2/17/18

Three Reasons We Choose to Make Vacation a Priority



Quebec City, Quebec, Canada

Cascais, Portugal

San Francisco, California

Sintra, Portugal

Paris, France

Rome, Italy

Our love story began the very weekend I met Herm for the first time. It wasn't love at first sight, but I remember in the midst of conversation, as we sat near one another at the wedding reception of a mutual friend, a thought popped in my head, seemingly out of no where.

He is the man I am going to marry. 

I had already decided, after being in several relationships that didn't work out, that I wouldn't be romantically involved with anyone again until I was emotionally mature enough to handle it -- say twenty-five perhaps. 

The thought caught me off guard. Herm seemed nice enough, and he did have blue-grey eyes that made it pretty hard to focus on anything else. But I was nineteen, and twenty-five wasn't exactly just around the bend.

We had a lot of things in common, a love to travel being one of them. We compared notes about countries we visited and placed we hoped to one day see. He told me that Venice, Italy, was a dream destination for him. I mentioned I want to go back to Dubai, UAE, again, because with how amazing the airport itself was, I know the city has to be even more showy. Highest on my bucket list, though, would be Istanbul, Turkey. 

A few short months after that conversation we began a relationship, and thirteen months after meeting, we were married. 

I still remember so vividly on my wedding day someone telling me that now I'd have to settle down. I was a married woman after all, and my days of regularly roaming the world would come to an end. Enjoy the honeymoon! It might be the last trip in quite a while.

What that person forgot to consider was that I was marrying a man who loved traveling as much, if not more, than I do. Our days of traveling alone were over, our chance to adventure together was just beginning.

***

In the five and a half years since our wedding, we've taken quite a few trips together, some fairly local, others across the country and half way around the world. 

Often friends and acquaintances ask about our trips. Not nearly everyone understands why we would prioritize vacationing, since it is quite costly.  And even more people seem aghast at the thought of traveling across the world with young kids. Wouldn't it make more sense to wait until they are old enough to remember this once-in-a-lifetime trip? Wouldn't it make traveling easier?

I guess the answer to both of those questions could be yes, depending on how you look at it.

I will admit, because of Herm's business and the amount of supplies and inventory purchased, we are able to quickly accumulate airline miles and hotel stays we earn from our credit card points. Those points toward airline tickets and hotel rooms have played a huge part in us being able to afford the luxury of taking our family on many vacations. But I know that even without those points we would still find a way to travel, to getaway and spend time together as a family. Even on a much smaller scale, that time together, doing something we love as a family, is essential.

***

So, to answer that question I've been asked quite often... We Choose to Make Vacation a Priority Because:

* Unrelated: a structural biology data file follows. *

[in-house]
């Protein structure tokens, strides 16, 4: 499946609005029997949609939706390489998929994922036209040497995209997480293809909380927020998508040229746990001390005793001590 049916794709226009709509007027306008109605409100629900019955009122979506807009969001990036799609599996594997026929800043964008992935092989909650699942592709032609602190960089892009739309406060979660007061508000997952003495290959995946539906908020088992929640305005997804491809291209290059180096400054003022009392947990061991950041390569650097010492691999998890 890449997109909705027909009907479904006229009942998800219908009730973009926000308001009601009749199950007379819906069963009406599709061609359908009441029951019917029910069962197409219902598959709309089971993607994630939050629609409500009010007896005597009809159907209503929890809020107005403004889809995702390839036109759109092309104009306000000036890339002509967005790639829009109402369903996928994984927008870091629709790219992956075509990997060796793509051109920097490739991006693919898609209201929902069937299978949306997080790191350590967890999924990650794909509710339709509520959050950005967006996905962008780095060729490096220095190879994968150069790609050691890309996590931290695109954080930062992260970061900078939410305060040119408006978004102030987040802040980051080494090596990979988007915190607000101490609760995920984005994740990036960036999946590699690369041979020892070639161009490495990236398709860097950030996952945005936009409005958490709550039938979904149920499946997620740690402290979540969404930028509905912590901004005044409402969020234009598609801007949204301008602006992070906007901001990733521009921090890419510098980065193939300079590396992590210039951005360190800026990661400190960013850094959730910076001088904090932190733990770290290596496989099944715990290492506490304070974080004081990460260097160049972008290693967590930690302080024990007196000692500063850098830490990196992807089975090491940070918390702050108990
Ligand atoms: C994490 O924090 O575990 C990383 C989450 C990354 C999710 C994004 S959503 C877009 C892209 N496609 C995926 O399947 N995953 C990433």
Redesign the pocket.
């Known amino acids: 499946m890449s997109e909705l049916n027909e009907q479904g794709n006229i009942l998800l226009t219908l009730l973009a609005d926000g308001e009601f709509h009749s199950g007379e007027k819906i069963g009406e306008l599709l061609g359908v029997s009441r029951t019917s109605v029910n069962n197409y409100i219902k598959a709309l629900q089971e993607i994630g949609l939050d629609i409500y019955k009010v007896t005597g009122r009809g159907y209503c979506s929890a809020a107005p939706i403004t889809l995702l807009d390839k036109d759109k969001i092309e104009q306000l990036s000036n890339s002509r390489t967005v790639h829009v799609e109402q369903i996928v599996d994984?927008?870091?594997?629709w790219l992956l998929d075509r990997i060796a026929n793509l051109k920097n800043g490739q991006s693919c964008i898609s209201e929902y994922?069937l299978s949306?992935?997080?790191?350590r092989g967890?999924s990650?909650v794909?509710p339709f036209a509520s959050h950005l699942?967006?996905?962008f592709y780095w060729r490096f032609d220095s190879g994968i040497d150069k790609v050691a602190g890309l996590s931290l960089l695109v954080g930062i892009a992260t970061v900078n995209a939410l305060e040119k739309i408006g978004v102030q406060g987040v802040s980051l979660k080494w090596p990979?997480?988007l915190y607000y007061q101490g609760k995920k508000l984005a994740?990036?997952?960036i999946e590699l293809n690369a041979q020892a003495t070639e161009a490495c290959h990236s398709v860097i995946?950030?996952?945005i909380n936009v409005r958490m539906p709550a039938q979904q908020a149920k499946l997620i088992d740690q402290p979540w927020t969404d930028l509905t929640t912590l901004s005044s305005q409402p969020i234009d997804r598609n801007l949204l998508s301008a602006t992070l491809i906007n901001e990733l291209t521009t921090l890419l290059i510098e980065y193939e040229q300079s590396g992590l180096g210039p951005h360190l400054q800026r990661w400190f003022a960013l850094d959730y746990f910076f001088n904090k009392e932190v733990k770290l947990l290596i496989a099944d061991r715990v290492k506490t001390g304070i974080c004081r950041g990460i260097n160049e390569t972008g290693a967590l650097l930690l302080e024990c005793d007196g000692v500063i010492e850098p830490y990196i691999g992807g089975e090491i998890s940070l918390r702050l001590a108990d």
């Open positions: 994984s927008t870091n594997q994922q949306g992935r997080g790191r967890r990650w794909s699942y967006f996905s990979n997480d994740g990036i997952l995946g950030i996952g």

1. Making Memories Together Helps Create a Strong Bond
One of the things I have noticed about families that seem to have a close bond is that they've created memories together. That doesn't happen by accident. Life can so easily get in the way, each of us falling into our normal rhythms and routines, that we forget to be intentional about building relationships with the ones we love most. It doesn't have to happen through vacationing, but since traveling is something Herm and I absolutely love, and something our kids are quickly becoming fond of as well, it's where we have decided to be especially intentional about creating memories. 

2. It Broadens Your World View
In addition to creating memories and valuing time spent together as a family, I also believe that traveling (especially when visiting other countries and cultures) creates a broader world view. I want my children to be immersed in worlds much different than their own. I want them to appreciate the many ways people live across the globe. I want them to see the value and beauty in diversity and be able to celebrate that. I want them pushed outside of their comfort zones, immersed in cultures where it seems nearly impossible to communicate because of a lack of common language and have to figure it out. I want them to know what it feels like to be an "outsider". For me personally, living aboard and traveling to many countries where it was obvious that I was a foreigner, has taught me how to be more sensitive to those around me in my own community who might also feel like an outsider.

3. This World is a Masterpiece Waiting to be Explored
And finally (although, I probably could go on and on) this world is an absolutely amazing and breath-taking masterpiece created by the Master Artist. That, in and of itself, is reason enough to buy a ticket somewhere new and do a bit of exploring. Traveling has a way of making me realize how great and amazing yet small and connected this world and its people are.

I love visiting new places, meeting new people, and seeing how history can come alive, all from roaming the globe. As I wander, this world never loses its wonder. Traveling with kids, experiencing it from their perspective, has only made that feeling greater.